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Kidney Week

Abstract: FR-PO285

Deoxycholic Acid (DCA) and Coronary Artery Calcification (CAC) in the Chronic Renal Insufficiency Cohort (CRIC)

Session Information

Category: CKD (Non-Dialysis)

  • 2101 CKD (Non-Dialysis): Epidemiology, Risk Factors, and Prevention


  • Jovanovich, Anna Jeanette, Denver VA / University of Colorado, Denver, Colorado, United States
  • Cai, Xuan, Northwestern University, Chicago, Illinois, United States
  • Frazier, Rebecca, Northwestern, Chicago, Illinois, United States
  • Bundy, Joshua David, Northwestern University Feinberg School of Medicine, Evanston, Illinois, United States
  • He, Jiang, Tulane School of Public Health and Tropical Medicine, New Orleans, Louisiana, United States
  • Rao, Panduranga S., University of Michigan Health System, Ann Arbor, Michigan, United States
  • Lora, Claudia M., University of Illinois at Chicago, Chicago, Illinois, United States
  • Dobre, Mirela A., Case Western Reserve University, Cleveland, Ohio, United States
  • Go, Alan S., Kaiser Permanente Northern California, Oakland, California, United States
  • Shafi, Tariq, University of Mississippi Medical Center, Jackson, Mississippi, United States
  • Feldman, Harold I., University of Pennsylvania, Philadelphia, Pennsylvania, United States
  • Rhee, Eugene P., Massachusetts General Hospital, Newton, Massachusetts, United States
  • Chonchol, Michel, University of Colorado, Aurora, Colorado, United States
  • Miyazaki, Makoto, University of Colorado-Denver, Aurora, Colorado, United States
  • Isakova, Tamara, Feinberg School of Medicine, Northwestern University, Chicago, Illinois, United States

Circulating levels of the secondary bile acid, DCA, are elevated in chronic kidney disease (CKD). In a small cohort of individuals with CKD 3b-4, higher plasma DCA was associated with prevalent CAC. Whether circulating DCA levels are associated with CAC prevalence, incidence, and progression in a large diverse CKD population is unknown.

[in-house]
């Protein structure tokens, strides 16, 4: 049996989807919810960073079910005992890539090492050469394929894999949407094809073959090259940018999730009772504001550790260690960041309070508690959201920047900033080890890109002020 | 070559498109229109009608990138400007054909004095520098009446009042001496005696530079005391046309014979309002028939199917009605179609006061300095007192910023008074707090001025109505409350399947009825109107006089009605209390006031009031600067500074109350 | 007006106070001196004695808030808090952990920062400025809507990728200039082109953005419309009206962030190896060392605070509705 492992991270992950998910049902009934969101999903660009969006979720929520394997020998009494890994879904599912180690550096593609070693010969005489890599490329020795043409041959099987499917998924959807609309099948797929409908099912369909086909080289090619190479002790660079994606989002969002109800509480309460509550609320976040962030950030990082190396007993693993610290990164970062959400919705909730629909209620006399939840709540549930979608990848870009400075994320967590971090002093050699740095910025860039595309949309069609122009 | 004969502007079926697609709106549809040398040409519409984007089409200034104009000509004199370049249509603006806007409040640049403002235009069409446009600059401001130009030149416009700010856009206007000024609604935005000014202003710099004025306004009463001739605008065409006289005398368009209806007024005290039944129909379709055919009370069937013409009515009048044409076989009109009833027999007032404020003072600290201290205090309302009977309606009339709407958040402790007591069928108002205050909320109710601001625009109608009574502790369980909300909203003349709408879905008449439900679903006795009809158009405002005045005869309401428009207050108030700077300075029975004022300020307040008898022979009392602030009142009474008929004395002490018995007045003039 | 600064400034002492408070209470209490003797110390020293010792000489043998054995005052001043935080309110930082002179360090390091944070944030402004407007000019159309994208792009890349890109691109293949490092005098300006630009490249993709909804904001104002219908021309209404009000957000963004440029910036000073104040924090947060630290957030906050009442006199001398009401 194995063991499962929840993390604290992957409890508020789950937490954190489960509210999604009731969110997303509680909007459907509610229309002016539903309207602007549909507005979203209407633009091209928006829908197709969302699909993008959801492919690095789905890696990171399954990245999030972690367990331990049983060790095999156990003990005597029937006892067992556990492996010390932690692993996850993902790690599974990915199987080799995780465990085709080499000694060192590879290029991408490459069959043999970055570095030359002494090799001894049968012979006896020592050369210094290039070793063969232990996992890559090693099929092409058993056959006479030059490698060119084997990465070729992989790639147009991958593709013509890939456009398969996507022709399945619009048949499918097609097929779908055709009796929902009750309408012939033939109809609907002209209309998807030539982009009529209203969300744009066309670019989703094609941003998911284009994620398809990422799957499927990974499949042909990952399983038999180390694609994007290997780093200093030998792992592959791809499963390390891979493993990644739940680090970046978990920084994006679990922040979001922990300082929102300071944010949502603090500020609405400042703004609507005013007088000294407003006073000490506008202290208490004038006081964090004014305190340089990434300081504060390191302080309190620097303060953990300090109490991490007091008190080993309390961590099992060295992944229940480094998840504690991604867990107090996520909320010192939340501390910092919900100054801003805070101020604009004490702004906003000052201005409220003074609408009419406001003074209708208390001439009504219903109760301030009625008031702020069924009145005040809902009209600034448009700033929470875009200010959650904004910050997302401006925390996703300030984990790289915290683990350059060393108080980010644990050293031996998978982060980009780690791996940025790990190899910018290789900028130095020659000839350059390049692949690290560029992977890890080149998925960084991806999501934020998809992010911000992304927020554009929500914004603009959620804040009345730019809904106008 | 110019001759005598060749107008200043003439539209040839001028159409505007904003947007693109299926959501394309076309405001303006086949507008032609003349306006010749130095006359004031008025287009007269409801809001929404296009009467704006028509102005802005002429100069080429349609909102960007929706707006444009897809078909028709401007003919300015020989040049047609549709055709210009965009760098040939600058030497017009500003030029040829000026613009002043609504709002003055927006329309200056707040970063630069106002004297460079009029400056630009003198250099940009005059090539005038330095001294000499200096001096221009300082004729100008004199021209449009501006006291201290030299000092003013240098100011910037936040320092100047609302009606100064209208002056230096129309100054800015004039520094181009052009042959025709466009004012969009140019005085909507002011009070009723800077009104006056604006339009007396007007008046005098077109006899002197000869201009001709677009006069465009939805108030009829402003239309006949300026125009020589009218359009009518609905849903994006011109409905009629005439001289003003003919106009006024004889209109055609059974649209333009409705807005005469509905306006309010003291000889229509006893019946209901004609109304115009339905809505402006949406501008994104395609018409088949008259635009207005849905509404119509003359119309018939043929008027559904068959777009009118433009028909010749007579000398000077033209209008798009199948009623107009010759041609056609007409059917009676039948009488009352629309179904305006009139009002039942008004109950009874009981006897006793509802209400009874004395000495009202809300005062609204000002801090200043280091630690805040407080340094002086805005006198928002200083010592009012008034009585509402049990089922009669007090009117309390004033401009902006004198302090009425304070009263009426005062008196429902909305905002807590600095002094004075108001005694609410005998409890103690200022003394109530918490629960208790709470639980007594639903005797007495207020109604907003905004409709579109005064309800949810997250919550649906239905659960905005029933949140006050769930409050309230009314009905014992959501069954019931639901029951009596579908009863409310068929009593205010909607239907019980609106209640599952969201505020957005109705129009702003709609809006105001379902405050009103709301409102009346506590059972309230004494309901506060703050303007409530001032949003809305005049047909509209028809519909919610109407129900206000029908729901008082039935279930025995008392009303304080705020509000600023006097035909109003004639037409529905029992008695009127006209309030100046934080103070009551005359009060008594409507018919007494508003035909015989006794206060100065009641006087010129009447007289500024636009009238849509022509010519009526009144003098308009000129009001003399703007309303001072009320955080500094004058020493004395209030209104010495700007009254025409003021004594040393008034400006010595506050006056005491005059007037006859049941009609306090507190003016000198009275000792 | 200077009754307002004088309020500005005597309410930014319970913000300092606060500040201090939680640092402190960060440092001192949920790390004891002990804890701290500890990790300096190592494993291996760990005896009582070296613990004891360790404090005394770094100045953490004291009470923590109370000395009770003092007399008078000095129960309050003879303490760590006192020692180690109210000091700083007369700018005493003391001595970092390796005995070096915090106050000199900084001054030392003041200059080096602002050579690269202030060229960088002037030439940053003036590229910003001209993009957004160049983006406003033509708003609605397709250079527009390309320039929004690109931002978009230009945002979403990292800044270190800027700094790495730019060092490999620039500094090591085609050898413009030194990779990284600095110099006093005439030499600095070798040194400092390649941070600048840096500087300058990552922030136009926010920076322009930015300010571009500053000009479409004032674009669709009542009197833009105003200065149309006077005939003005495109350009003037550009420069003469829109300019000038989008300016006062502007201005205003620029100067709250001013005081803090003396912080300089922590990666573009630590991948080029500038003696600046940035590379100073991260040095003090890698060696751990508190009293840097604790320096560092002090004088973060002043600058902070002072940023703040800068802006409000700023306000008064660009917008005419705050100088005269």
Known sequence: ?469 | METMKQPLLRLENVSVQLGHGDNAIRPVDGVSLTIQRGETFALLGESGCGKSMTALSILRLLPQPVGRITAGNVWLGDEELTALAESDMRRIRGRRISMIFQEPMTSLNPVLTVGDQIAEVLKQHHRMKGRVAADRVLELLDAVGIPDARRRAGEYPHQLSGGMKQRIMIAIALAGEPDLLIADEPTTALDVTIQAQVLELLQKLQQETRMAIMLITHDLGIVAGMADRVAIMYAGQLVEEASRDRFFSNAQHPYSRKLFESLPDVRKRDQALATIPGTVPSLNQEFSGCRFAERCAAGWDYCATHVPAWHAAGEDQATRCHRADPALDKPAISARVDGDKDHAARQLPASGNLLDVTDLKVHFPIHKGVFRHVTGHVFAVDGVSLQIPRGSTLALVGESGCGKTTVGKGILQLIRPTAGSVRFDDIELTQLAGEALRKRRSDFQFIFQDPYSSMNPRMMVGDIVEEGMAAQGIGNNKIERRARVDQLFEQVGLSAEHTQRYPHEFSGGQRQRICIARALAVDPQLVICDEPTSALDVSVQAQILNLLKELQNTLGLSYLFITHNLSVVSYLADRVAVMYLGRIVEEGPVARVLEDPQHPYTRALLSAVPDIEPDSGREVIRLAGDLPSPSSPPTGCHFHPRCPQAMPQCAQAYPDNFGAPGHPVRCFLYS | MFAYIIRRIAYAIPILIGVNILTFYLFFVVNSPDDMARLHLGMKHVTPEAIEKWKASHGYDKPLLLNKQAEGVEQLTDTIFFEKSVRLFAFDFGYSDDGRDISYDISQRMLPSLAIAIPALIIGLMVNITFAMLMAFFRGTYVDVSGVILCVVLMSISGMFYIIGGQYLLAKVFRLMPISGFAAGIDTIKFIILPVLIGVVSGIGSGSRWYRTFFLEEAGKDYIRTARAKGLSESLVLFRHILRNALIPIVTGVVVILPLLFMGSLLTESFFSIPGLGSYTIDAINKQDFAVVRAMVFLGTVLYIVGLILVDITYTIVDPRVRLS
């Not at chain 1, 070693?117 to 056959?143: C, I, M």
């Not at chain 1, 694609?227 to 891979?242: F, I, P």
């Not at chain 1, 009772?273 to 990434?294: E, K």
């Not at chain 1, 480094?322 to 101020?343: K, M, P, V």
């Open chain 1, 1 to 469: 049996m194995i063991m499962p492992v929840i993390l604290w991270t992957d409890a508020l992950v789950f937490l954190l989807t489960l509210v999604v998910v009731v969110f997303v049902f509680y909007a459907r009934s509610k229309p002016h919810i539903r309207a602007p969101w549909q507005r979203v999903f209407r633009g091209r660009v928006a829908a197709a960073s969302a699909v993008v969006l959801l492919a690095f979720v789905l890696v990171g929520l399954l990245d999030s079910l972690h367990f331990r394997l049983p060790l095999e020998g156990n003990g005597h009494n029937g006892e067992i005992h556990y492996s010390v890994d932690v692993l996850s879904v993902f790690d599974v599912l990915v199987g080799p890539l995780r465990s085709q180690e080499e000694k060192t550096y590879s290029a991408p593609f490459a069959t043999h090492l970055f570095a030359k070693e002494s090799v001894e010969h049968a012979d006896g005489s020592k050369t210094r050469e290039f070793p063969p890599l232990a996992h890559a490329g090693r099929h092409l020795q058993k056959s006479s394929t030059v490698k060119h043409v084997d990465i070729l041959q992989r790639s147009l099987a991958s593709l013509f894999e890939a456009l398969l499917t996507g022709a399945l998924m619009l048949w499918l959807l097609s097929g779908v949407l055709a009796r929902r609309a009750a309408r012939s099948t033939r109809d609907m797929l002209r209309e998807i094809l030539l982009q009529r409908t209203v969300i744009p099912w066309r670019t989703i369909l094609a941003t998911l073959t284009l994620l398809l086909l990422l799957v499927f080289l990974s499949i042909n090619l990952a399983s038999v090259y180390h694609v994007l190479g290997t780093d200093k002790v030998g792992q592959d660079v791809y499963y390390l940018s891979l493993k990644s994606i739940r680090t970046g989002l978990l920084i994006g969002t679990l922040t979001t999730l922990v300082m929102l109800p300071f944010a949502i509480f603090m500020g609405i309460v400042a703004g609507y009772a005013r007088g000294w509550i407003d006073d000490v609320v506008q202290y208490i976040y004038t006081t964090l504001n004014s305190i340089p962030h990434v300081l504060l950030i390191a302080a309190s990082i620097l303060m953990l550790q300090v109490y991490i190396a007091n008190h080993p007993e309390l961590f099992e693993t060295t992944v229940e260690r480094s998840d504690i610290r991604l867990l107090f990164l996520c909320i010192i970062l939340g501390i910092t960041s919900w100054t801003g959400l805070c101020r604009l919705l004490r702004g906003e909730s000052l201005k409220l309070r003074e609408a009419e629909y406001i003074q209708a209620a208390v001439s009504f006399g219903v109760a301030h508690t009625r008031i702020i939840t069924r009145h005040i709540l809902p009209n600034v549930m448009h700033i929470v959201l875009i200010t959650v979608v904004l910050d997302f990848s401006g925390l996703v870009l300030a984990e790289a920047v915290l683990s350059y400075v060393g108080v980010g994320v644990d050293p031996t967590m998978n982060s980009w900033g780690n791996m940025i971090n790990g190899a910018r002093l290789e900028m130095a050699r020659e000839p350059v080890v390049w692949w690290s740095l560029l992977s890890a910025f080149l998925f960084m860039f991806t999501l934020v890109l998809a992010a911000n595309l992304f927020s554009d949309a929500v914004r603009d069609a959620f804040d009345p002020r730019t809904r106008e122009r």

We cross-sectionally and longitudinally evaluated the association between fasting serum DCA levels and CAC among 1057 CRIC participants using multivariable-adjusted regression models. CAC was measured in Agatston units at baseline and follow-up.


Mean age was 57±12 years, 47% were female, and 41% were black. At baseline 676 (64%) had any CAC (CAC score >0 Agatston units), 405 (38%) had CAC >100, and 236 (22%) had CAC >400. In cross-sectional analyses, multivariable models adjusted for demographics and clinical factors including statin use showed no significant association between circulating DCA levels and CAC >0 compared to no CAC (CAC=0) (prevalence ratio per 1-SD increase in log DCA: 1.09, 95% CI 0.92-1.28). Similar results were observed when baseline CAC thresholds of >100, >200, >300, and >400 vs. no CAC (CAC=0) were used. 672 participants had follow-up CAC measurements. Over a mean follow-up of 3.2±0.6 years, of the 277 (41%) participants with no baseline CAC (CAC=0), 60 (22%) developed incident CAC (CAC >0). In the fully adjusted model, DCA was not significantly associated with incident CAC (CAC >0) (incidence ratio per 1-SD increase in log DCA: 1.06, 95% CI 0.83-1.34). Of the 395 (59%) participants with any baseline CAC (CAC >0), 20% and 7% had an increase of >100 and >200 Agatston units/year, respectively, at follow-up. In the fully adjusted model, DCA was not associated with CAC progression (risk ratio for increase in >100 and >200 Agatston units/year per 1-SD increase in log DCA: 1.08, 95% 0.87-1.34 and 1.18, 95% CI 0.77-1.82, respectively).


In CRIC participants, DCA was not associated with prevalent, incident, or progression of CAC.


  • NIDDK Support